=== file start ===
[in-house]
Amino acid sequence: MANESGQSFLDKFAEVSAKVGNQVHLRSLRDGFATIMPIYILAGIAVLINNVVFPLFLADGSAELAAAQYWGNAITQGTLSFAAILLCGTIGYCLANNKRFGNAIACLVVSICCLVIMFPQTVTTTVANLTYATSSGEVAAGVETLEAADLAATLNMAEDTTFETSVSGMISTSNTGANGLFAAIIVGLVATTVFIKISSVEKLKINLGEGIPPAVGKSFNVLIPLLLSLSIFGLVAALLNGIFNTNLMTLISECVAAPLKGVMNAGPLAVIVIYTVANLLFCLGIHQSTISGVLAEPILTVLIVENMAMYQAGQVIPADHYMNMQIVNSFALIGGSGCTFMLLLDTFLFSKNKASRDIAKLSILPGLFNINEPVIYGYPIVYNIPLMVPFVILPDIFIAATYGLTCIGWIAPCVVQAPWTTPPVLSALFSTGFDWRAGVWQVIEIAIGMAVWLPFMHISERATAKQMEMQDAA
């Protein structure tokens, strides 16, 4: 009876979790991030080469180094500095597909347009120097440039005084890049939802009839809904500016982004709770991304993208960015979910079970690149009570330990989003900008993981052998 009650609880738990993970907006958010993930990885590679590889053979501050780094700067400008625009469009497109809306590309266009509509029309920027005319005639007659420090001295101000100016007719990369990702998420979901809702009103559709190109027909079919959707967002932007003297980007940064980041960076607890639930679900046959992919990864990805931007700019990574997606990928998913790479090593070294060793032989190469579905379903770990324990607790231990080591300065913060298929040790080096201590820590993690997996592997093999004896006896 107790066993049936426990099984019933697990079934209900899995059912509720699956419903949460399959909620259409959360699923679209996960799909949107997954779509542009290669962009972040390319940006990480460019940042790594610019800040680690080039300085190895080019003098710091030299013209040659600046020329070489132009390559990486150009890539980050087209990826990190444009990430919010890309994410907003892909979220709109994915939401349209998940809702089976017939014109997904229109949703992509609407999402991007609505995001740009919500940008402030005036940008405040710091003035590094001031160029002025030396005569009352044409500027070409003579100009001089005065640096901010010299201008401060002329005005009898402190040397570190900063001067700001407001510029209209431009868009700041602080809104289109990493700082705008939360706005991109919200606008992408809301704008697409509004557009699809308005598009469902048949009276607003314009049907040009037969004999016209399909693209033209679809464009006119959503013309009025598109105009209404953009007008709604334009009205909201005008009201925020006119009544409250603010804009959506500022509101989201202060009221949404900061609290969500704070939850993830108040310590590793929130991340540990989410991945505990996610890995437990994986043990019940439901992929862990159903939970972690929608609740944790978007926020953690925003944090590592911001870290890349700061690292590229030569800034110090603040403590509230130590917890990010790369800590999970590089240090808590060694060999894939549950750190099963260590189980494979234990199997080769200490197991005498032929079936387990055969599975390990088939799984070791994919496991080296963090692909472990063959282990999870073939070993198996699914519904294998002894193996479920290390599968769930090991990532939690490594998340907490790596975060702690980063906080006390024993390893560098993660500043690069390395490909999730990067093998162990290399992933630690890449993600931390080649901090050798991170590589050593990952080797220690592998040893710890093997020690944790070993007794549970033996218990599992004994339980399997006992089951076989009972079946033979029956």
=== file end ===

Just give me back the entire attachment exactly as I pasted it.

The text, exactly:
[in-house]
Amino acid sequence: MANESGQSFLDKFAEVSAKVGNQVHLRSLRDGFATIMPIYILAGIAVLINNVVFPLFLADGSAELAAAQYWGNAITQGTLSFAAILLCGTIGYCLANNKRFGNAIACLVVSICCLVIMFPQTVTTTVANLTYATSSGEVAAGVETLEAADLAATLNMAEDTTFETSVSGMISTSNTGANGLFAAIIVGLVATTVFIKISSVEKLKINLGEGIPPAVGKSFNVLIPLLLSLSIFGLVAALLNGIFNTNLMTLISECVAAPLKGVMNAGPLAVIVIYTVANLLFCLGIHQSTISGVLAEPILTVLIVENMAMYQAGQVIPADHYMNMQIVNSFALIGGSGCTFMLLLDTFLFSKNKASRDIAKLSILPGLFNINEPVIYGYPIVYNIPLMVPFVILPDIFIAATYGLTCIGWIAPCVVQAPWTTPPVLSALFSTGFDWRAGVWQVIEIAIGMAVWLPFMHISERATAKQMEMQDAA
């Protein structure tokens, strides 16, 4: 009876979790991030080469180094500095597909347009120097440039005084890049939802009839809904500016982004709770991304993208960015979910079970690149009570330990989003900008993981052998 009650609880738990993970907006958010993930990885590679590889053979501050780094700067400008625009469009497109809306590309266009509509029309920027005319005639007659420090001295101000100016007719990369990702998420979901809702009103559709190109027909079919959707967002932007003297980007940064980041960076607890639930679900046959992919990864990805931007700019990574997606990928998913790479090593070294060793032989190469579905379903770990324990607790231990080591300065913060298929040790080096201590820590993690997996592997093999004896006896 107790066993049936426990099984019933697990079934209900899995059912509720699956419903949460399959909620259409959360699923679209996960799909949107997954779509542009290669962009972040390319940006990480460019940042790594610019800040680690080039300085190895080019003098710091030299013209040659600046020329070489132009390559990486150009890539980050087209990826990190444009990430919010890309994410907003892909979220709109994915939401349209998940809702089976017939014109997904229109949703992509609407999402991007609505995001740009919500940008402030005036940008405040710091003035590094001031160029002025030396005569009352044409500027070409003579100009001089005065640096901010010299201008401060002329005005009898402190040397570190900063001067700001407001510029209209431009868009700041602080809104289109990493700082705008939360706005991109919200606008992408809301704008697409509004557009699809308005598009469902048949009276607003314009049907040009037969004999016209399909693209033209679809464009006119959503013309009025598109105009209404953009007008709604334009009205909201005008009201925020006119009544409250603010804009959506500022509101989201202060009221949404900061609290969500704070939850993830108040310590590793929130991340540990989410991945505990996610890995437990994986043990019940439901992929862990159903939970972690929608609740944790978007926020953690925003944090590592911001870290890349700061690292590229030569800034110090603040403590509230130590917890990010790369800590999970590089240090808590060694060999894939549950750190099963260590189980494979234990199997080769200490197991005498032929079936387990055969599975390990088939799984070791994919496991080296963090692909472990063959282990999870073939070993198996699914519904294998002894193996479920290390599968769930090991990532939690490594998340907490790596975060702690980063906080006390024993390893560098993660500043690069390395490909999730990067093998162990290399992933630690890449993600931390080649901090050798991170590589050593990952080797220690592998040893710890093997020690944790070993007794549970033996218990599992004994339980399997006992089951076989009972079946033979029956």